The value of maintenance

08.26.10 | 5 Comments

CATEGORIES technical work

Earlier this month, I spent three days indulging in an activity which is a rare luxury for a technician who works in small theatres: a complete cleaning and inspection of our lighting inventory.  We went top to bottom–every single lens barrel was taken apart, every lens cleaned, every reflector checked, every bolt tightened, every C-clamp lubricated.  We tested our cables, used an air compressor and blower gun to clear the grid of dust, and then re-hung and focused our rep plot.  Next up: painting the stage.

It’s a rare luxury because of the one thing that particular theatre has that most small companies don’t: the budget allowance for three skilled technicians to devote three days to cleaning and maintenance.  It’s a beautiful space, too–the kind of space where a theatre artist who works out of storefronts and basements could easily look around and think, “Well sure, that’s alright for them, but we don’t even have gear that’s worth maintaining!”

That’s where I’ve got to speak up.  As a freelance designer and technician, I’ve fought my way through piles of broken, rusty lighting instruments and battled consoles that required a punch in the DMX socket while holding your mouth just so before they would remember a cue.  I’ve run lights for shows while mice ran over my feet.  I’ve jury-rigged shutters and screwed instruments into the ceiling where there was no pipe any number of times–in fact, I expect to do it again later today.  If you’re reading 2AMt, you’ve probably done that kind of thing, too.  I’ve run into those situations even in theatres with nationally-recognized names.  I know it gets exhausting: the tiny storage closet where everything’s jumbled and you can’t find the hardware you need even though you know it’s in there; the ill-lit backstage corners you’re afraid to look into because you just know it’s gross.  You learn to ignore it.  That’s small-theatre life.  We can’t snap our fingers and have our ceilings rise 10 feet and pipes magically appear where we want them.  We may fill out grant applications all year and there’s no guarantee we’ll be able to trade our PAR38s for even one SourceFour.  But we don’t have to resign ourselves to crap equipment and gross spaces, either.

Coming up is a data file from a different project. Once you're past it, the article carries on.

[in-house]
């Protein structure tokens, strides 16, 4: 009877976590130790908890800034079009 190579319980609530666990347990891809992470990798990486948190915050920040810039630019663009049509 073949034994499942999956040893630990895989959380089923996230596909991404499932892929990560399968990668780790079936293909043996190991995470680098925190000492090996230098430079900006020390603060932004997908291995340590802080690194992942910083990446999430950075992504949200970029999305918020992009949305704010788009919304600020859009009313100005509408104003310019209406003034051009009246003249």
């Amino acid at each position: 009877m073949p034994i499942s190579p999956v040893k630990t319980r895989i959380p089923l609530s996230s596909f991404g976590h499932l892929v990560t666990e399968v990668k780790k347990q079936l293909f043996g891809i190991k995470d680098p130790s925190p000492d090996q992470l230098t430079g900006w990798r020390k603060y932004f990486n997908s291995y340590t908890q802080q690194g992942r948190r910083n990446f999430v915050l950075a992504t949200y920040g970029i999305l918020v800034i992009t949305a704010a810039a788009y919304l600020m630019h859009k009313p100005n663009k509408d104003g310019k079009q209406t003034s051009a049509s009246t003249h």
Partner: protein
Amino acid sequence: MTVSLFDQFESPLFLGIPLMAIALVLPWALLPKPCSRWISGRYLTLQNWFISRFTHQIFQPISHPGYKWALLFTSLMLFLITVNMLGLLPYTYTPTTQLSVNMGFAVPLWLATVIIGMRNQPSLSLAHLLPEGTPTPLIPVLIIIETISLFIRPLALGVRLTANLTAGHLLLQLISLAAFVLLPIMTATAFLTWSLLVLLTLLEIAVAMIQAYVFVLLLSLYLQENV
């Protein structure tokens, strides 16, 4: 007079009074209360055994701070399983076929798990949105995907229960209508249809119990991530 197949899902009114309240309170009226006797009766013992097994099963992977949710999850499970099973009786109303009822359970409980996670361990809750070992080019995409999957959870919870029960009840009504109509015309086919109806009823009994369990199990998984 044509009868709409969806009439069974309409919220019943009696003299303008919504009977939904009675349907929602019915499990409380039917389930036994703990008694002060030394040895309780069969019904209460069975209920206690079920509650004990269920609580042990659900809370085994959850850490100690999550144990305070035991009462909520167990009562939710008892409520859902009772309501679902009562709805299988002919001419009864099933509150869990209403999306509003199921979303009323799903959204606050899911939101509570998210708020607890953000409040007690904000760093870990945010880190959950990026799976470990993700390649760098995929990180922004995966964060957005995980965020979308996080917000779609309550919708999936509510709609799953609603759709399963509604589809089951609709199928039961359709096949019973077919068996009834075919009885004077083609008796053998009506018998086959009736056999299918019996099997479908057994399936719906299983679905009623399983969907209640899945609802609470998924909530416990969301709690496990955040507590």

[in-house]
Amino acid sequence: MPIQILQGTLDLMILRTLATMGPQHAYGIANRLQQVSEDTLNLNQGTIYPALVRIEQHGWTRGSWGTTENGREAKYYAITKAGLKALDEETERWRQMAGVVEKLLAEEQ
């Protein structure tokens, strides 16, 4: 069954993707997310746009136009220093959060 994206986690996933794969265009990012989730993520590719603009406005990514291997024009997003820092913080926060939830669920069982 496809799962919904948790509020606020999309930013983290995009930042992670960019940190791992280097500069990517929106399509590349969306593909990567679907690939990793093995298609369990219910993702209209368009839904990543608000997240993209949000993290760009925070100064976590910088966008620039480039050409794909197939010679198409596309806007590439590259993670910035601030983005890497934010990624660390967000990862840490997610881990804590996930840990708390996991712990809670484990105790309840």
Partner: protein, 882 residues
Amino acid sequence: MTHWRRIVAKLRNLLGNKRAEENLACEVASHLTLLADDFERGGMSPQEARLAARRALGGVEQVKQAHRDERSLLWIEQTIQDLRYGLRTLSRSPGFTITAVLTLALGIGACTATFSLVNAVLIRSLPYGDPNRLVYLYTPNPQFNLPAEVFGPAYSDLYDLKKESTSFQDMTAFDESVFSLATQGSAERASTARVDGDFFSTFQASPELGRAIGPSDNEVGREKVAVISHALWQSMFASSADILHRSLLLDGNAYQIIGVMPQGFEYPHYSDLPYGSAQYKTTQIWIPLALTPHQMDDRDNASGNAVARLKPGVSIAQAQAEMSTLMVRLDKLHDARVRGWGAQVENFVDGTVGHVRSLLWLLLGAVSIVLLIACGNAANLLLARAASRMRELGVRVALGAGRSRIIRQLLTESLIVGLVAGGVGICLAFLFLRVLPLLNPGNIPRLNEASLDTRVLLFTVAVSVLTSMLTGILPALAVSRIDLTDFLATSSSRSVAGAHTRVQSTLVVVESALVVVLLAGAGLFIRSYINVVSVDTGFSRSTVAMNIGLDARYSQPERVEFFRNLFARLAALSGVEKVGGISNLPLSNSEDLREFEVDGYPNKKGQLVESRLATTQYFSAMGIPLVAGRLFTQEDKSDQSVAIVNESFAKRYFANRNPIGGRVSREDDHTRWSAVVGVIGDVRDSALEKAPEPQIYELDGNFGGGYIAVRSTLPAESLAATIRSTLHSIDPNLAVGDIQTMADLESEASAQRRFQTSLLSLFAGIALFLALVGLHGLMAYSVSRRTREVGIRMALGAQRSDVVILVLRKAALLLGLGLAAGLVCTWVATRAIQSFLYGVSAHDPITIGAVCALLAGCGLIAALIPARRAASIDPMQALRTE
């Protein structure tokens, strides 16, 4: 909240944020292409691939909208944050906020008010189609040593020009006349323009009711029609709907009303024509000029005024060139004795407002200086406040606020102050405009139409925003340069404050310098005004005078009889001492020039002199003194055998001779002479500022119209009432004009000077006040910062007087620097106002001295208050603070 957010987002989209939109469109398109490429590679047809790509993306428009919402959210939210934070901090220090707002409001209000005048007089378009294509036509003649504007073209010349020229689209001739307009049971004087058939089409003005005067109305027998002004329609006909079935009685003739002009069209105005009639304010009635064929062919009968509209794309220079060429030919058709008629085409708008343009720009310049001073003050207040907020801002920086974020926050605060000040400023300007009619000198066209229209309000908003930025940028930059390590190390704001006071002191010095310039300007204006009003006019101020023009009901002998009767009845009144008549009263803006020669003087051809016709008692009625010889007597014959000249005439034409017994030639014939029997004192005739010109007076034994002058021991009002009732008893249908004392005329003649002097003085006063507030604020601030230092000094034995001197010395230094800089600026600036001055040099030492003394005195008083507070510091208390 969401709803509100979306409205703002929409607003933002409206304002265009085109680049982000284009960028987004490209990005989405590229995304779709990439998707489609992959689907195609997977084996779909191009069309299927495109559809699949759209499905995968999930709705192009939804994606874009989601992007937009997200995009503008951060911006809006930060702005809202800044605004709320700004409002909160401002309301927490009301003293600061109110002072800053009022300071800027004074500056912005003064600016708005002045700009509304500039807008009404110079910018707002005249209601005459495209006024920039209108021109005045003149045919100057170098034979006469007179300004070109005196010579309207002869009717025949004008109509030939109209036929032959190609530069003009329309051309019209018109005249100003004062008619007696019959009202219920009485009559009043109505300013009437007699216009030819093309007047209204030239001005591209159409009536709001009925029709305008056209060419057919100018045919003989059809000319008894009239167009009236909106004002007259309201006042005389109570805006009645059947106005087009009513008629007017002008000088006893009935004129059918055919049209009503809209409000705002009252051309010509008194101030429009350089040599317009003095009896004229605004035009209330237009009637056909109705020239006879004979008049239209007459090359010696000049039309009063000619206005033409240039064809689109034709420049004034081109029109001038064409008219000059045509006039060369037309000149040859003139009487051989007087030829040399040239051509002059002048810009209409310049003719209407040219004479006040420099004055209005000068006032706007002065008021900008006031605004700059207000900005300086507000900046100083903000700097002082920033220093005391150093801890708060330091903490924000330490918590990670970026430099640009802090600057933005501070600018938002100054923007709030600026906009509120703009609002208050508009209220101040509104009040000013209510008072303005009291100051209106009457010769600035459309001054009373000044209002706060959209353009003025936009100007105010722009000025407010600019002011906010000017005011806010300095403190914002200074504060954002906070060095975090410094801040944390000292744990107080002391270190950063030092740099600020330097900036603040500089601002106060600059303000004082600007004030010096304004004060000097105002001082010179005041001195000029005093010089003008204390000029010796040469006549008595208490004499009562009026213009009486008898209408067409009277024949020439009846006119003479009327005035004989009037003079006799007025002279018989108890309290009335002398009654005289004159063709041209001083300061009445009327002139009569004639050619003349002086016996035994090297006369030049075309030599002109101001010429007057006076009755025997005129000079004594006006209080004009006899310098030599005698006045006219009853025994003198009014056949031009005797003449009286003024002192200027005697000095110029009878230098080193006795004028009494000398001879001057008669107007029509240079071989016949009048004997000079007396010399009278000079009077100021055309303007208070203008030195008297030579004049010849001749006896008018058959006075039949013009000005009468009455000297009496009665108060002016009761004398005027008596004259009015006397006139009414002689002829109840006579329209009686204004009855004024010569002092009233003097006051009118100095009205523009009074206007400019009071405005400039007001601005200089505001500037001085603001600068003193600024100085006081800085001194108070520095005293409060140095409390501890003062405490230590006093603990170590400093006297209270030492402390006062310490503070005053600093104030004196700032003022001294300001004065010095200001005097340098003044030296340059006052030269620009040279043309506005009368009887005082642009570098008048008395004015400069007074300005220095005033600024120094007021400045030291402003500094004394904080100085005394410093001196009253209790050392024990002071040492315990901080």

No, most small companies can’t afford to pay their technicians a respectable hourly rate to take apart, clean, and organize their gear.  But find some way to do it.  Can you offer a similar stipend to the one you give for a technician working a show?  Can you come up with some kind of perks to trade for their time?  You may find that you’ve got techs who will happily do it for nothing if you’ll only provide them the supplies they’ll need.

Why put in that kind of effort and money?  Because you can’t afford to buy a new lighting instrument when a stitch in time could have saved your old one.  Because of the time that can be saved troubleshooting a problem during tech because you know it isn’t a bad cable–because you know all of your cables work.  Because you’ve got pride, even though you’re small, and you want to show it to your audience.  Because you want potential donors to know that what they give will be cared for.  Because good technicians are worth their weight in gold, and you want to show them that you value what they do by making it easier for them to do it.  Because you want those technicians to be personally invested in your space and your equipment and your shows.

Cultivate pride in your space and equipment, humble though it may be.  It’s an investment that will pay off in more ways than just the peace of mind of knowing your lights will turn on when you need them.

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Jax Steager

Jax is a freelance live-performance lighting designer based in San Francisco, as well as co-founder and technical director of Gryphon Venues, an Edinburgh Festival Fringe venue.

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  • Good stuff! It reminds me of the countless times back in summerstock when I changed fresnel lamp bases after the pitted old contacts kept arc welding to the lamps.

  • Brett Metzger

    It is hard to plan for future when you are just trying to make it through the day. I have worked in both worlds and the luxury we have in our current situation to do this work is very nice. As the one who essentially “paid” for this to happen it was mostly facilitated by the having regular employees who work in a diversified environment (they serve multiple roles within a larger organization.) Other places, interns if you can get them or other less skilled individuals are great for this kind of work. You can add them to a regular call. It is great training.

  • It’s good to see some 2amt posts about technical production. Jax has a great point about maintenance, and I would just like to emphasize one of the last points of the article: maintaining equipment will prolong its life and save money in the long run. Technical staff should encourage maintenance budgets as part of the operating costs of the theatre, even if it means reducing a budget line somewhere else.

  • Penny saved is definitely a penny earned. Well done, Jax! Gonna suggest this post to a few friends…

  • Anonymous

    I especially like this, Jax: “Because you’ve got pride, even though you’re small.” Don’t know how many absolutely filthy theatres – replete with equipment AND soft goods held together with gaff tape – I have worked in, and thought, “Don’t we care about this part, too?”